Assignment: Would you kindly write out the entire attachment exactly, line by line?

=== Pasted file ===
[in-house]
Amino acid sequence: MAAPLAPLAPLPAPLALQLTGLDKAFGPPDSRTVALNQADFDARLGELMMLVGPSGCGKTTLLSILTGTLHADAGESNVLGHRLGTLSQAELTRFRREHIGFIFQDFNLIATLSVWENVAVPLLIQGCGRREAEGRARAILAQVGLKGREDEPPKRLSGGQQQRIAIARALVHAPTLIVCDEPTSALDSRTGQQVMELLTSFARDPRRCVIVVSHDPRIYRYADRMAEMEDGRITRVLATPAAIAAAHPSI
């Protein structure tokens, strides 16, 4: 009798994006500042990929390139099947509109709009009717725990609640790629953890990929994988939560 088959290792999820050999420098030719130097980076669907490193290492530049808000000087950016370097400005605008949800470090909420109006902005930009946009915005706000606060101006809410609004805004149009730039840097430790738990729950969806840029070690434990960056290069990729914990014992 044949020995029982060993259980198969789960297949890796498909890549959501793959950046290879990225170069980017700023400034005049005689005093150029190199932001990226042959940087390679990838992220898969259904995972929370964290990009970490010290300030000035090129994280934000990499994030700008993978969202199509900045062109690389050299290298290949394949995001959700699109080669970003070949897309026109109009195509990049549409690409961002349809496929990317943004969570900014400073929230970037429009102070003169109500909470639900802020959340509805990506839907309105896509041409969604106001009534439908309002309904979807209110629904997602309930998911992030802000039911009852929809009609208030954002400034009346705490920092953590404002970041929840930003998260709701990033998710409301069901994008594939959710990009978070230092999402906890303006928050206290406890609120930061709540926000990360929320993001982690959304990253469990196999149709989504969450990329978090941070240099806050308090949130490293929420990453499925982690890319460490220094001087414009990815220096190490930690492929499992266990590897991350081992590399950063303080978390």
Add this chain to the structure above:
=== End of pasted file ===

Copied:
[in-house]
Amino acid sequence: MAAPLAPLAPLPAPLALQLTGLDKAFGPPDSRTVALNQADFDARLGELMMLVGPSGCGKTTLLSILTGTLHADAGESNVLGHRLGTLSQAELTRFRREHIGFIFQDFNLIATLSVWENVAVPLLIQGCGRREAEGRARAILAQVGLKGREDEPPKRLSGGQQQRIAIARALVHAPTLIVCDEPTSALDSRTGQQVMELLTSFARDPRRCVIVVSHDPRIYRYADRMAEMEDGRITRVLATPAAIAAAHPSI
């Protein structure tokens, strides 16, 4: 009798994006500042990929390139099947509109709009009717725990609640790629953890990929994988939560 088959290792999820050999420098030719130097980076669907490193290492530049808000000087950016370097400005605008949800470090909420109006902005930009946009915005706000606060101006809410609004805004149009730039840097430790738990729950969806840029070690434990960056290069990729914990014992 044949020995029982060993259980198969789960297949890796498909890549959501793959950046290879990225170069980017700023400034005049005689005093150029190199932001990226042959940087390679990838992220898969259904995972929370964290990009970490010290300030000035090129994280934000990499994030700008993978969202199509900045062109690389050299290298290949394949995001959700699109080669970003070949897309026109109009195509990049549409690409961002349809496929990317943004969570900014400073929230970037429009102070003169109500909470639900802020959340509805990506839907309105896509041409969604106001009534439908309002309904979807209110629904997602309930998911992030802000039911009852929809009609208030954002400034009346705490920092953590404002970041929840930003998260709701990033998710409301069901994008594939959710990009978070230092999402906890303006928050206290406890609120930061709540926000990360929320993001982690959304990253469990196999149709989504969450990329978090941070240099806050308090949130490293929420990453499925982690890319460490220094001087414009990815220096190490930690492929499992266990590897991350081992590399950063303080978390």
Add this chain to the structure above: